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Karla Quevedo, Sarmad Said, Debabrata Mukherjee, Tariq Siddiqui
(Department of Internal Medicine, Division of Cardiology, Texas Tech University Health Science Center, El Paso, USA)
Med Sci Case Rep 2014; 1:11-14
Non-compaction cardiomyopathy (NCM) is a newly identified genetic myocardial disorder defined by unique features containing prominent myocardial trabeculations and profound endocardial recesses. An arrest of the normal endomyocard embryogenesis is thought to be the reason. Other congenital abnormalities are often associated with NCM. This type of cardiomyopathy involves usually the left ventricle, however few case reports demonstrated also biventricular involvement. Right ventricular noncompaction features have been described in several cases. Preponderant involvement of the right ventricle is very rare and has been described less frequently in the literature.
Case Report: Fifty-two years old male patient presented with progressive pressure-like chest discomfort, steadily fatigability and shortness of breath associated with physical activity started almost 2 months before the presentation. His past medical history is unremarkable and except for maternal diabetes mellitus his family history was insignificant. Initial laboratory workup was remarkable for an elevated BNP of 1719 pg/mL. Transthoracic echocardiogram demonstrated moderately dilated left ventricle, extensive biventricular trabeculations consistent with features of noncompaction. Left heart catheterization demonstrated normal coronaries and elevated left ventricular end diastolic pressure. Confirmatory cardiac MRI showed hypertabeculations in both ventricles with significant involvement of the right ventricle. Therapy with β-blocker, aspirin, ACE-inhibitor, statins and diuretic agents was initiated. Clinically the patient’s condition improved symptomatically, he was followed up on outpatient basis. His family has been recommended screening for myocardial non-compaction.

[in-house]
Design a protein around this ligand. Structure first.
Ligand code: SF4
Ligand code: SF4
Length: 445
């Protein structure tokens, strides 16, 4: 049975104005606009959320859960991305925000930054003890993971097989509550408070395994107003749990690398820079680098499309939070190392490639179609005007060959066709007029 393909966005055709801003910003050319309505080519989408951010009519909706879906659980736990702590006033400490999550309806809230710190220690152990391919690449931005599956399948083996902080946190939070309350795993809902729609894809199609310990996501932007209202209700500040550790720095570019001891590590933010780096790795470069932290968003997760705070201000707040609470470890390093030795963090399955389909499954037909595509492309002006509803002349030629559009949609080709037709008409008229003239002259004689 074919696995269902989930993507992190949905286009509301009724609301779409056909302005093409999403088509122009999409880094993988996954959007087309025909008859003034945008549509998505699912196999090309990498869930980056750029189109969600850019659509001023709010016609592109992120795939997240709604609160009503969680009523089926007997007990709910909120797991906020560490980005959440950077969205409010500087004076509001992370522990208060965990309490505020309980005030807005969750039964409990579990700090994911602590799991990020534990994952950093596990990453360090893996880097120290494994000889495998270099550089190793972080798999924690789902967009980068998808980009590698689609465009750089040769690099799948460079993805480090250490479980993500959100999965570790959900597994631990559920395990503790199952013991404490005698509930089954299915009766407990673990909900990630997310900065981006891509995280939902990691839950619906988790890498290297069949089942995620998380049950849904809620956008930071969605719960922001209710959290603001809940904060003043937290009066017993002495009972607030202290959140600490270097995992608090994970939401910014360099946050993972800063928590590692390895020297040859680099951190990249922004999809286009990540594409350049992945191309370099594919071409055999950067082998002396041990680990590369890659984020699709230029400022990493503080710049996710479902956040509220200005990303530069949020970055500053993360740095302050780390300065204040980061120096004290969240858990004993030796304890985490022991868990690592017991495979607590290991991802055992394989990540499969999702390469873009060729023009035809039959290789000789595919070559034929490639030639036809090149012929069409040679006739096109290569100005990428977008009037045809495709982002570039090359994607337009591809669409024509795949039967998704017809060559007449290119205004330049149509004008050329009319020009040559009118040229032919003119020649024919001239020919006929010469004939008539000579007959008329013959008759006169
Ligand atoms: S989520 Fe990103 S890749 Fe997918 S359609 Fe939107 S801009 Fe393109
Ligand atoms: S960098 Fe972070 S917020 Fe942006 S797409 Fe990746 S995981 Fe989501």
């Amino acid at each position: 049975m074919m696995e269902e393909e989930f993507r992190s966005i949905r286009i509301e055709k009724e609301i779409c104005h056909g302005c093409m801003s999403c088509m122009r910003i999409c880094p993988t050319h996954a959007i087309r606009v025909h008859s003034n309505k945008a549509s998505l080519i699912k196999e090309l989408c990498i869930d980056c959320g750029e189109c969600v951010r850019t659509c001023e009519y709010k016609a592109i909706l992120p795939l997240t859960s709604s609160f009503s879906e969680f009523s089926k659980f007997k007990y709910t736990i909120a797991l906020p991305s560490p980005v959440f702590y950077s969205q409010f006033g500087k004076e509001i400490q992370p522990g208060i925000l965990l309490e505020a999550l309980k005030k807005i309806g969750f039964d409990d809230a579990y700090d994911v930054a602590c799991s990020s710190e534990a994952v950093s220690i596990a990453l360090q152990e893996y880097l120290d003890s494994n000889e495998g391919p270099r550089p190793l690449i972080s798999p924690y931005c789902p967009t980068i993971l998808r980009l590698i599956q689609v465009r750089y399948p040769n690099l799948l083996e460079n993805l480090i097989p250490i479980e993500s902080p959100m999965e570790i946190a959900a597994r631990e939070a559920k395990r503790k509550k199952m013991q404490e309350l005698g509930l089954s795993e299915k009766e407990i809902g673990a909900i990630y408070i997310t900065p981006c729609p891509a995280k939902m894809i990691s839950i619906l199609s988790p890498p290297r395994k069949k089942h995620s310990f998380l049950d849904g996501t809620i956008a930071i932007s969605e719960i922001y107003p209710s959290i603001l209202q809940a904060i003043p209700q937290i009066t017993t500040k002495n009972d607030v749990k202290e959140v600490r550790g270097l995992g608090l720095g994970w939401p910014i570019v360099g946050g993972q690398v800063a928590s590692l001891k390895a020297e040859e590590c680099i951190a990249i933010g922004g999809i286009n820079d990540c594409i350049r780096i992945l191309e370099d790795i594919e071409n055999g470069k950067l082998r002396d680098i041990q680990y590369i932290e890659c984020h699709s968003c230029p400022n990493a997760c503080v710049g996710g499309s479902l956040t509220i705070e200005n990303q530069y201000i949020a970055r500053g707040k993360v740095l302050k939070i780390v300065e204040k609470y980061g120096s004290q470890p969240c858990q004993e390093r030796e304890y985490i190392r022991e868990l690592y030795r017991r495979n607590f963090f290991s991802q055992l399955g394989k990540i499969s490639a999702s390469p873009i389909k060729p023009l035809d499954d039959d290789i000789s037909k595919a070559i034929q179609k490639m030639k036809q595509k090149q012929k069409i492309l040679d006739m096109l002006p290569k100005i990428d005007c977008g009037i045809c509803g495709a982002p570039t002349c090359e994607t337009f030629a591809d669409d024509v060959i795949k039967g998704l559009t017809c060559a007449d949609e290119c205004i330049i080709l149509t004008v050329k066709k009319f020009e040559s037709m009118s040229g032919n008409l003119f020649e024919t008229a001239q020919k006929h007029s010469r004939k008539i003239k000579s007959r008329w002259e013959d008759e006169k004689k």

Conclusions: Myocardial noncompaction is a unique and very rare abnormality leading to life threatening events. If left ventricular noncompaction is suspected the right ventricle should also be examined carefully. The early detection allows an immediate and appropriate medical therapy resulting in a higher possibility of uneventful survival.